This of course simplifies the issues in play, but I’m writing a personal blog post here, not a treatise on the problems in public education.  So what would this look like?  Good question since I’ve never gotten very close to it.  If I taught in 360, I’d be able to tell a student, “I will be wrong about so many things while we’re together, because no one knows you like you do, but I am going to ask you to trust me anyways.  Trust me and challenge me when you think I’m full of it.”  Ownership.  Acknowledgement of shared humanity.  I’d have more than a year or two in which to develop that environment.  Maybe not a full ten or twelve like I’ve heard of in some Waldorf schools, but we’d be stuck with each other until we could work our shit out.

I’d be able to OPENLY bring into question ALL the unquestionables: the authority of parents-church-government-medicine, social constructs like success and gender, physical realities like time, and the list goes on.  I’d be able to do this without having an apocalyptic parental/administrative response.  And if there was a kerfluffle with parents, I’d have few enough students that I could sit down with a parent for an hour and talk it through without that hour costing me three of my weekend.  I’d have few enough students that if someone wanted to skip studying one thing, I could send them off to read and learn as they please, and actually check back in with them.

And what about the planned curriculum?  Let me take one example from my English teacher life: the plot line.  All students, almost every year, learn and revisit the parts of a plot.  The hope is that each time you revisit the knowledge, it is deepened in some way.  In theory, this is great, but the plot line can only get so fucking deep before a kid’s eye rolls and moans are 110% justified.  Now here’s the thing, I think knowledge of the plot line is tremendously valuable, but for totally different reasons: changing your personal story mid-course, predicting and avoiding mistakes in history, being able to step back from the stories that come to you each day and see the greater human significance, also to see the individual players and who is gaining/losing in the midst of each story.  Why are there multiple versions of the same story?  What do we say to the stories that have been lost, either by accident or by force?  Why are we so easily controlled by advertising?  How does the brain function in storing and making meaning of stories?  I may be fucking insane, but I think answers to most of these questions, and way far juicier ones, are resident in the simple, boring plot line.  What if we could look at all of it?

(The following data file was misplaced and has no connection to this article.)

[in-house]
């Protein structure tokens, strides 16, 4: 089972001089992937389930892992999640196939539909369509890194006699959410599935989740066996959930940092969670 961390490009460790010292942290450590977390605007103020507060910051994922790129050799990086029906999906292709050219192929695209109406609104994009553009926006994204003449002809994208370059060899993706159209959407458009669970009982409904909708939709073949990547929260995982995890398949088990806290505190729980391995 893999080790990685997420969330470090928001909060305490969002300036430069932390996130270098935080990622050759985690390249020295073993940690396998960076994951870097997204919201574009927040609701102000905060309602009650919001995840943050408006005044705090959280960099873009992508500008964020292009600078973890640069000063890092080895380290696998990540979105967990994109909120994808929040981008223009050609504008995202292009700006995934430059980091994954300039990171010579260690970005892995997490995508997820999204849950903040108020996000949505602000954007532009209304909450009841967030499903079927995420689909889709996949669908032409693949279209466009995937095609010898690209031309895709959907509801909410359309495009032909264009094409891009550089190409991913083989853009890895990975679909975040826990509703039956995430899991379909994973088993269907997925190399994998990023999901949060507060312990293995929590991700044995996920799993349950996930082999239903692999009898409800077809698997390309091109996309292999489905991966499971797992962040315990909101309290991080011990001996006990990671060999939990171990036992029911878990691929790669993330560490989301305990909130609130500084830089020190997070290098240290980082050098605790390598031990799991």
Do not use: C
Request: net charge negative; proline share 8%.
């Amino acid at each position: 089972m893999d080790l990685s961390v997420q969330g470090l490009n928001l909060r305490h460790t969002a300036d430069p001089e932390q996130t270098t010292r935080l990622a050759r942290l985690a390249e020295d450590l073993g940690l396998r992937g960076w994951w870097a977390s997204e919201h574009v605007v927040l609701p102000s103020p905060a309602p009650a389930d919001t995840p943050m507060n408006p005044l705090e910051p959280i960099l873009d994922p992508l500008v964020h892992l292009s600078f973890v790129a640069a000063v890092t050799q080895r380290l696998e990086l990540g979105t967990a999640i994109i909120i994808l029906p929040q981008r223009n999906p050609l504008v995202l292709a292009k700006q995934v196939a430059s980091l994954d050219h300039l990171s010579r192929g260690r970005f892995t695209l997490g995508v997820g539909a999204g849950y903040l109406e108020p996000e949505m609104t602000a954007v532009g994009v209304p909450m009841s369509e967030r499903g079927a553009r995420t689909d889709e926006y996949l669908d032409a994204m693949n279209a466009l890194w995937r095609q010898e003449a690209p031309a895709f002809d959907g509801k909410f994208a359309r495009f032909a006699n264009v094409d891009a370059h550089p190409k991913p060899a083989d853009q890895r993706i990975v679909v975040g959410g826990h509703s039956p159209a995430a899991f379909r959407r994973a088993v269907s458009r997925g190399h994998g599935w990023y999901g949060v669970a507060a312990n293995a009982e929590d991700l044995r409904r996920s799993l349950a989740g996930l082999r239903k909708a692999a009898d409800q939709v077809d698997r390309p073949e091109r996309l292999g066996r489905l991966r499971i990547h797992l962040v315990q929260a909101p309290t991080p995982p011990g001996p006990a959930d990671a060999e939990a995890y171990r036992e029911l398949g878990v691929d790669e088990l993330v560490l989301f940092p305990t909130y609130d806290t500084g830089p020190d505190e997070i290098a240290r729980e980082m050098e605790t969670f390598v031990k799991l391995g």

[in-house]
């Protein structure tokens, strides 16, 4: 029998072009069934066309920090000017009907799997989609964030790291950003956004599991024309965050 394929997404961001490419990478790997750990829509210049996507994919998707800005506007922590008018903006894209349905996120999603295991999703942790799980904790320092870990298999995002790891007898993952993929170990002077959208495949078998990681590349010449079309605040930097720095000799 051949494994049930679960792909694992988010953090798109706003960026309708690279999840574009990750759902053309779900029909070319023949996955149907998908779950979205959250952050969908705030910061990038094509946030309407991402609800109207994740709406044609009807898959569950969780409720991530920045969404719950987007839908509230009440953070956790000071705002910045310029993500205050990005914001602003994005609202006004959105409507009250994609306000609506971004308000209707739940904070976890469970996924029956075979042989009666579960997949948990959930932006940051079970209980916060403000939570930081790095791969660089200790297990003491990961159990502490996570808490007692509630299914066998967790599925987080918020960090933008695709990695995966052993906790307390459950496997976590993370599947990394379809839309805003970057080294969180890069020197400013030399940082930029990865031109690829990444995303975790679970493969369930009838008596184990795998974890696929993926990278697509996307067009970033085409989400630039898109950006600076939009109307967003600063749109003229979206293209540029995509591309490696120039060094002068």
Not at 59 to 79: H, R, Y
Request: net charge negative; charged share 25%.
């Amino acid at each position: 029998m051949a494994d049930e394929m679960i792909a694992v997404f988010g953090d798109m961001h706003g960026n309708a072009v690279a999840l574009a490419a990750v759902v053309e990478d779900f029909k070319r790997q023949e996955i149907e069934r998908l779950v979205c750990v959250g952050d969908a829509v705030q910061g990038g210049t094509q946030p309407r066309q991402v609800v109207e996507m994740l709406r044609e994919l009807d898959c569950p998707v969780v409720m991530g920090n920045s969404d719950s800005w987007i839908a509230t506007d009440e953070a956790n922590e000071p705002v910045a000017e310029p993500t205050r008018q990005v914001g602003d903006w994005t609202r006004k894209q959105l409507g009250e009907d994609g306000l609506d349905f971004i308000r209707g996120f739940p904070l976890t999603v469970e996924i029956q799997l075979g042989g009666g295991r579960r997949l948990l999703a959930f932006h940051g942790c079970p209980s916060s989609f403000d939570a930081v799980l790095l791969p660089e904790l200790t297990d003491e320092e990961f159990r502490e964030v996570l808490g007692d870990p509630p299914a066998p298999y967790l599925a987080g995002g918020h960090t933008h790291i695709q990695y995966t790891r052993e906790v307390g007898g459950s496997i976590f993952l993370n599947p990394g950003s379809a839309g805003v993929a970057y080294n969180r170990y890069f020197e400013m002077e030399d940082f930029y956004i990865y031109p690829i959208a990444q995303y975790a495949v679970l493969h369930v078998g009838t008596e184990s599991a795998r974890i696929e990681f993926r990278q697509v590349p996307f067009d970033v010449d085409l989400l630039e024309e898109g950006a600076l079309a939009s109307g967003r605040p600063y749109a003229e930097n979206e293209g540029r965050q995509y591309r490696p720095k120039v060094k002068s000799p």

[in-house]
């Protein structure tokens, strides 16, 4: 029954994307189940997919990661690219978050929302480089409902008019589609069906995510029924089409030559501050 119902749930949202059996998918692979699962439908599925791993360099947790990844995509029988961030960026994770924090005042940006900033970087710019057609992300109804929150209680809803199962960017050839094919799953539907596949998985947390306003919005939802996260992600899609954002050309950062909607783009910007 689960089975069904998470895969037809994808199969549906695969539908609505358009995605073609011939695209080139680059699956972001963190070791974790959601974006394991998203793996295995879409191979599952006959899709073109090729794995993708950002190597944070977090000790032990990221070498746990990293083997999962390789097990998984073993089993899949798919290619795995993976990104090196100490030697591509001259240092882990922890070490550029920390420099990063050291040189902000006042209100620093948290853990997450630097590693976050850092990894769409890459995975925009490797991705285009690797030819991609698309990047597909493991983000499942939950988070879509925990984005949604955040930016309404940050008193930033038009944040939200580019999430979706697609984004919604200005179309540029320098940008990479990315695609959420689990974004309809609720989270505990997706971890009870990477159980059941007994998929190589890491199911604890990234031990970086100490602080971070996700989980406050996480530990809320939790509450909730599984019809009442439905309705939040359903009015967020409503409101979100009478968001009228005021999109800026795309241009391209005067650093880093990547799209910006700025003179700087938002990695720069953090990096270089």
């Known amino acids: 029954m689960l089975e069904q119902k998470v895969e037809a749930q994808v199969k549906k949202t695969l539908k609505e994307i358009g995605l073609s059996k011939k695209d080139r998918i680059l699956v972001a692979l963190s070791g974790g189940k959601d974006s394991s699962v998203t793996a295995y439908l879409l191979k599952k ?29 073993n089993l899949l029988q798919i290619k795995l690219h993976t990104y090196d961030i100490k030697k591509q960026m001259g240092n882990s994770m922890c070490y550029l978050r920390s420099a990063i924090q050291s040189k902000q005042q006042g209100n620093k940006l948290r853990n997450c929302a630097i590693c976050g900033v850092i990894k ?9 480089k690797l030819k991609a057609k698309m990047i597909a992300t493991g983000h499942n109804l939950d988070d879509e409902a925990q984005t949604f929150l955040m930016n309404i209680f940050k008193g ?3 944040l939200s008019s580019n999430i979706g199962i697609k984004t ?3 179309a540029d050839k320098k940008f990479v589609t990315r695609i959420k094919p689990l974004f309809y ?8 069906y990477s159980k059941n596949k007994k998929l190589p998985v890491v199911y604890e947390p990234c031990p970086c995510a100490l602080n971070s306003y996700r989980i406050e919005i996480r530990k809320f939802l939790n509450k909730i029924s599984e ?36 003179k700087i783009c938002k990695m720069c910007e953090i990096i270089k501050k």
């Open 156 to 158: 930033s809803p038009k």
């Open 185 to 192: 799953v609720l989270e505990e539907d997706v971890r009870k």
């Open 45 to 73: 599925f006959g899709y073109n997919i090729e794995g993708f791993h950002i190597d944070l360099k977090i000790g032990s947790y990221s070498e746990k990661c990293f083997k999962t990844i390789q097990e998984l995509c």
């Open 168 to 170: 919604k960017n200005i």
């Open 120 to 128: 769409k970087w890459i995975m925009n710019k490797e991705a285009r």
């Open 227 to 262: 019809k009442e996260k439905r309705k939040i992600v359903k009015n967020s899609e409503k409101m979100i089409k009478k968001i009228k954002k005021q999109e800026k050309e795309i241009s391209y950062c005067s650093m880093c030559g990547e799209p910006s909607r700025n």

And the truth is, we can’t.  Not in the system we have now.  Probably not even completely in the best of alternative schools.  But that’s what I really wanted.  I wanted them to not have to wait till college for messy learning.  I felt my shoulders drop and my exhale sound when I straight up told a four year old that his mom could be awesome, but still be wrong, and that there could be other ways to look at it.  Forgiveness could be a virtue, but not a law, and it could still be okay to want to kill a monster, even one with a tragic backstory.

There are no solutions in this understanding, but there is relief in being able to articulate, at least a little better, what was missing.